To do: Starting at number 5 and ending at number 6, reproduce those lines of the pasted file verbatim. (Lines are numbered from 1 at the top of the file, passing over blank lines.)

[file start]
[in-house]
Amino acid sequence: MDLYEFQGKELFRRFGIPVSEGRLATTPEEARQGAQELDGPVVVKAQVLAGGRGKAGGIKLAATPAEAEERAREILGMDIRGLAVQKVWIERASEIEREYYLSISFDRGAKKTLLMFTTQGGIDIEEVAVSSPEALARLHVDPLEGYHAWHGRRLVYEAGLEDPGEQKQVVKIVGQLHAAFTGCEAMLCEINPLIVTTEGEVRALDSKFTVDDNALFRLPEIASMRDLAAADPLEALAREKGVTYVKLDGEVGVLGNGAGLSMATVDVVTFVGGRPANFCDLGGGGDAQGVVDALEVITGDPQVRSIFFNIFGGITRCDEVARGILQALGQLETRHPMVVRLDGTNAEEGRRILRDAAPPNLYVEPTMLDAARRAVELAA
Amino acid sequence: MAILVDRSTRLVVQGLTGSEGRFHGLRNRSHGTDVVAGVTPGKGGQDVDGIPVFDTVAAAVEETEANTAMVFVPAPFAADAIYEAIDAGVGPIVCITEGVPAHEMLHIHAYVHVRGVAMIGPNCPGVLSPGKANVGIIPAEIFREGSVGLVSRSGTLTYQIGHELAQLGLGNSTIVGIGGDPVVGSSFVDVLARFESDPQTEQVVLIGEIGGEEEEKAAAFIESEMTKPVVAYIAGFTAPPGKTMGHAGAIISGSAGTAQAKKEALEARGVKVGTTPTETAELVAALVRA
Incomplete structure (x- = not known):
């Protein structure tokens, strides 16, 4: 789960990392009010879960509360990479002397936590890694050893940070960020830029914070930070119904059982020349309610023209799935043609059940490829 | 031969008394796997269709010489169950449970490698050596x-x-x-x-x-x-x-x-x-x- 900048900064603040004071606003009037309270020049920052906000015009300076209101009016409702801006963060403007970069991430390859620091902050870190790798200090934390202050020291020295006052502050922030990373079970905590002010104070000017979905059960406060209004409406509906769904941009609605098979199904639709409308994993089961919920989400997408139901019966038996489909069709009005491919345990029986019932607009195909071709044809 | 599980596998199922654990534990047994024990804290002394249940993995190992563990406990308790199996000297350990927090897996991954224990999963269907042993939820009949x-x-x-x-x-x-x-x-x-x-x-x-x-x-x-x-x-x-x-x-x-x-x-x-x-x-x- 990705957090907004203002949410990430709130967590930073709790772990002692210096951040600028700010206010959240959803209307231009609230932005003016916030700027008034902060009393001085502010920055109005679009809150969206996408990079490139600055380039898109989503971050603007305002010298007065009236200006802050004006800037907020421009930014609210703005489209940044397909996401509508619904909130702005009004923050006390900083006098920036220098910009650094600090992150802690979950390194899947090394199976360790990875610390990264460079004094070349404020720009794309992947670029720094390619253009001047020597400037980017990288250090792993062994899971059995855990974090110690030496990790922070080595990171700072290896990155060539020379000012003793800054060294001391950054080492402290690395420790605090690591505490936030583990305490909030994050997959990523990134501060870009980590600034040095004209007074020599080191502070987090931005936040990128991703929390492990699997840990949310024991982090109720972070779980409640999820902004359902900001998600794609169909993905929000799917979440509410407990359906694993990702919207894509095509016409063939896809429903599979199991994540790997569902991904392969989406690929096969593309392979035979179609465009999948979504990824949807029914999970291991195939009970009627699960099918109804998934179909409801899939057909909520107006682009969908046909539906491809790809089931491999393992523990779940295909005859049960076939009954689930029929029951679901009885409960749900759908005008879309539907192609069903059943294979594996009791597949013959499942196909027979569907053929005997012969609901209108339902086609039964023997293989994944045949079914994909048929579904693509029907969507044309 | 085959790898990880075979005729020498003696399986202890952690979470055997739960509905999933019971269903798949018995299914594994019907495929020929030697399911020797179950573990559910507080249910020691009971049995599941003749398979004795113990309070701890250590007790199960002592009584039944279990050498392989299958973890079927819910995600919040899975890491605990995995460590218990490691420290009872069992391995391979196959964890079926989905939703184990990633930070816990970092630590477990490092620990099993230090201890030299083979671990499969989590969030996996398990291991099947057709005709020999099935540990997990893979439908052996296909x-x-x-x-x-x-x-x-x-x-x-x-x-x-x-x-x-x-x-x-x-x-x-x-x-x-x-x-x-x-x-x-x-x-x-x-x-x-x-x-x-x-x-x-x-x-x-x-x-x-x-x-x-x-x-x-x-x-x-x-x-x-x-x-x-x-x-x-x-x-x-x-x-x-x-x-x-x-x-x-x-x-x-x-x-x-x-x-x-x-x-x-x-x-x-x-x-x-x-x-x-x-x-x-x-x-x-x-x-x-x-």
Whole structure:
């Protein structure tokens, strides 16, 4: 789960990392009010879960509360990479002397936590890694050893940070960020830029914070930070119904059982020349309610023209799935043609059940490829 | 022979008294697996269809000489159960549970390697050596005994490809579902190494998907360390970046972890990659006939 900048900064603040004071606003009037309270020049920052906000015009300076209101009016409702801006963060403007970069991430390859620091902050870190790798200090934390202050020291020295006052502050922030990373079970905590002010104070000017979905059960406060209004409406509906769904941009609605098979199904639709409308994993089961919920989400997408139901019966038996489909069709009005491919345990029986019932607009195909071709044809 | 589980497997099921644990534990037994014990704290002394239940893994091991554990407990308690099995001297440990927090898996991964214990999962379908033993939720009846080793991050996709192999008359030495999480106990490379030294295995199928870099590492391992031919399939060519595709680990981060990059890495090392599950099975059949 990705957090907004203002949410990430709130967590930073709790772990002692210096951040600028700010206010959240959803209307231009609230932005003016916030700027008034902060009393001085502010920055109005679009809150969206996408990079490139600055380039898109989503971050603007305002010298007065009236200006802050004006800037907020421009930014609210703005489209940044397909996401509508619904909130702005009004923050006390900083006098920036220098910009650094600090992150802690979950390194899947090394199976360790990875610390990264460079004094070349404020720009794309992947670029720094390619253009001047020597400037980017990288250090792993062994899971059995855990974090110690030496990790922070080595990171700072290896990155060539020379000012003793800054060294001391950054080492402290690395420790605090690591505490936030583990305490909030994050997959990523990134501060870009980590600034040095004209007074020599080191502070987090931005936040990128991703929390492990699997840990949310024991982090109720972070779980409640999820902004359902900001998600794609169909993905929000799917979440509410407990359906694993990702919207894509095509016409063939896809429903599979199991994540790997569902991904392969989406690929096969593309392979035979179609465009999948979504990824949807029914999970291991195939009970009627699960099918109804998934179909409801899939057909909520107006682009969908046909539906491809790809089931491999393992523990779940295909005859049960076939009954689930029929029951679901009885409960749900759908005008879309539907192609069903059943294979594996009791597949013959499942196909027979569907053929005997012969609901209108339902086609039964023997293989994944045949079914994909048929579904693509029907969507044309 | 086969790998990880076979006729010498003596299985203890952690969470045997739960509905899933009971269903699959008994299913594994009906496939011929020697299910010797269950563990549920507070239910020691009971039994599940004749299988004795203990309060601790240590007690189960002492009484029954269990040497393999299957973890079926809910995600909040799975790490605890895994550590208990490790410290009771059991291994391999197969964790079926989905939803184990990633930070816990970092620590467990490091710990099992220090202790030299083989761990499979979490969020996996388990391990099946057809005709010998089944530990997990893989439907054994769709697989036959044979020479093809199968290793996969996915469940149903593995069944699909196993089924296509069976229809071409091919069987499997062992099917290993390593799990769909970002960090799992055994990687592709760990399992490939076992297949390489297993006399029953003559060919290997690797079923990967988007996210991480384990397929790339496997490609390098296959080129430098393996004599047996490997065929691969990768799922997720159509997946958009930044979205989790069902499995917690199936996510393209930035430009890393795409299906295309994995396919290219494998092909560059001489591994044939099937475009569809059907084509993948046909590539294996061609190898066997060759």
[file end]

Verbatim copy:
């Protein structure tokens, strides 16, 4: 789960990392009010879960509360990479002397936590890694050893940070960020830029914070930070119904059982020349309610023209799935043609059940490829 | 031969008394796997269709010489169950449970490698050596x-x-x-x-x-x-x-x-x-x- 900048900064603040004071606003009037309270020049920052906000015009300076209101009016409702801006963060403007970069991430390859620091902050870190790798200090934390202050020291020295006052502050922030990373079970905590002010104070000017979905059960406060209004409406509906769904941009609605098979199904639709409308994993089961919920989400997408139901019966038996489909069709009005491919345990029986019932607009195909071709044809 | 599980596998199922654990534990047994024990804290002394249940993995190992563990406990308790199996000297350990927090897996991954224990999963269907042993939820009949x-x-x-x-x-x-x-x-x-x-x-x-x-x-x-x-x-x-x-x-x-x-x-x-x-x-x- 990705957090907004203002949410990430709130967590930073709790772990002692210096951040600028700010206010959240959803209307231009609230932005003016916030700027008034902060009393001085502010920055109005679009809150969206996408990079490139600055380039898109989503971050603007305002010298007065009236200006802050004006800037907020421009930014609210703005489209940044397909996401509508619904909130702005009004923050006390900083006098920036220098910009650094600090992150802690979950390194899947090394199976360790990875610390990264460079004094070349404020720009794309992947670029720094390619253009001047020597400037980017990288250090792993062994899971059995855990974090110690030496990790922070080595990171700072290896990155060539020379000012003793800054060294001391950054080492402290690395420790605090690591505490936030583990305490909030994050997959990523990134501060870009980590600034040095004209007074020599080191502070987090931005936040990128991703929390492990699997840990949310024991982090109720972070779980409640999820902004359902900001998600794609169909993905929000799917979440509410407990359906694993990702919207894509095509016409063939896809429903599979199991994540790997569902991904392969989406690929096969593309392979035979179609465009999948979504990824949807029914999970291991195939009970009627699960099918109804998934179909409801899939057909909520107006682009969908046909539906491809790809089931491999393992523990779940295909005859049960076939009954689930029929029951679901009885409960749900759908005008879309539907192609069903059943294979594996009791597949013959499942196909027979569907053929005997012969609901209108339902086609039964023997293989994944045949079914994909048929579904693509029907969507044309 | 085959790898990880075979005729020498003696399986202890952690979470055997739960509905999933019971269903798949018995299914594994019907495929020929030697399911020797179950573990559910507080249910020691009971049995599941003749398979004795113990309070701890250590007790199960002592009584039944279990050498392989299958973890079927819910995600919040899975890491605990995995460590218990490691420290009872069992391995391979196959964890079926989905939703184990990633930070816990970092630590477990490092620990099993230090201890030299083979671990499969989590969030996996398990291991099947057709005709020999099935540990997990893979439908052996296909x-x-x-x-x-x-x-x-x-x-x-x-x-x-x-x-x-x-x-x-x-x-x-x-x-x-x-x-x-x-x-x-x-x-x-x-x-x-x-x-x-x-x-x-x-x-x-x-x-x-x-x-x-x-x-x-x-x-x-x-x-x-x-x-x-x-x-x-x-x-x-x-x-x-x-x-x-x-x-x-x-x-x-x-x-x-x-x-x-x-x-x-x-x-x-x-x-x-x-x-x-x-x-x-x-x-x-x-x-x-x-």
Whole structure: